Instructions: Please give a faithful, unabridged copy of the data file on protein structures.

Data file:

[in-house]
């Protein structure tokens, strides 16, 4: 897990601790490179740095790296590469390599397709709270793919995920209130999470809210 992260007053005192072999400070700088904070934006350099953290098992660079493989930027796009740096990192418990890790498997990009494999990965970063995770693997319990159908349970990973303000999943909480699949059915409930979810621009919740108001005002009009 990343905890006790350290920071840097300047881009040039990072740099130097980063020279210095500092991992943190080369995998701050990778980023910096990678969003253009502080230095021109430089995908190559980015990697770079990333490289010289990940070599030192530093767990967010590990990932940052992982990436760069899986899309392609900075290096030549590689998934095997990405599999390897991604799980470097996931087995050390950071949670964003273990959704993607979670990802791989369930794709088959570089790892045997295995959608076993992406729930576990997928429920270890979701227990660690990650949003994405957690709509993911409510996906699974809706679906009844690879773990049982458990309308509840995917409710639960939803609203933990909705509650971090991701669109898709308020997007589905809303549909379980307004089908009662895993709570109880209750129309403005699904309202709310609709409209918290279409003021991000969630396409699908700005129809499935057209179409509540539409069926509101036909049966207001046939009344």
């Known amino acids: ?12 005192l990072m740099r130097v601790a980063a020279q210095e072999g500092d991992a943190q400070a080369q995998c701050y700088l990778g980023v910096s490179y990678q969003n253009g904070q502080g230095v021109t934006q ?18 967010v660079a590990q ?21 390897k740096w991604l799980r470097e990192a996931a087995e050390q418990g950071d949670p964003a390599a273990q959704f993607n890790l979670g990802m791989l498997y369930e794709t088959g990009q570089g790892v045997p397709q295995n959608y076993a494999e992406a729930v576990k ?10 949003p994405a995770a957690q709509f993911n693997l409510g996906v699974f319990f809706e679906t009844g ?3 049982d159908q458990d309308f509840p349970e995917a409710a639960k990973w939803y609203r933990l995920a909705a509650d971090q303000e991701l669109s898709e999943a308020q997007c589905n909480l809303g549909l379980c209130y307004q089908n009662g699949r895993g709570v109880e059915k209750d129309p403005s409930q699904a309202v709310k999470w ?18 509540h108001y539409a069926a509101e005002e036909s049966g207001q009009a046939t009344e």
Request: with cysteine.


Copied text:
[in-house]
């Protein structure tokens, strides 16, 4: 897990601790490179740095790296590469390599397709709270793919995920209130999470809210 992260007053005192072999400070700088904070934006350099953290098992660079493989930027796009740096990192418990890790498997990009494999990965970063995770693997319990159908349970990973303000999943909480699949059915409930979810621009919740108001005002009009 990343905890006790350290920071840097300047881009040039990072740099130097980063020279210095500092991992943190080369995998701050990778980023910096990678969003253009502080230095021109430089995908190559980015990697770079990333490289010289990940070599030192530093767990967010590990990932940052992982990436760069899986899309392609900075290096030549590689998934095997990405599999390897991604799980470097996931087995050390950071949670964003273990959704993607979670990802791989369930794709088959570089790892045997295995959608076993992406729930576990997928429920270890979701227990660690990650949003994405957690709509993911409510996906699974809706679906009844690879773990049982458990309308509840995917409710639960939803609203933990909705509650971090991701669109898709308020997007589905809303549909379980307004089908009662895993709570109880209750129309403005699904309202709310609709409209918290279409003021991000969630396409699908700005129809499935057209179409509540539409069926509101036909049966207001046939009344």
């Known amino acids: ?12 005192l990072m740099r130097v601790a980063a020279q210095e072999g500092d991992a943190q400070a080369q995998c701050y700088l990778g980023v910096s490179y990678q969003n253009g904070q502080g230095v021109t934006q ?18 967010v660079a590990q ?21 390897k740096w991604l799980r470097e990192a996931a087995e050390q418990g950071d949670p964003a390599a273990q959704f993607n890790l979670g990802m791989l498997y369930e794709t088959g990009q570089g790892v045997p397709q295995n959608y076993a494999e992406a729930v576990k ?10 949003p994405a995770a957690q709509f993911n693997l409510g996906v699974f319990f809706e679906t009844g ?3 049982d159908q458990d309308f509840p349970e995917a409710a639960k990973w939803y609203r933990l995920a909705a509650d971090q303000e991701l669109s898709e999943a308020q997007c589905n909480l809303g549909l379980c209130y307004q089908n009662g699949r895993g709570v109880e059915k209750d129309p403005s409930q699904a309202v709310k999470w ?18 509540h108001y539409a069926a509101e005002e036909s049966g207001q009009a046939t009344e």
Request: with cysteine.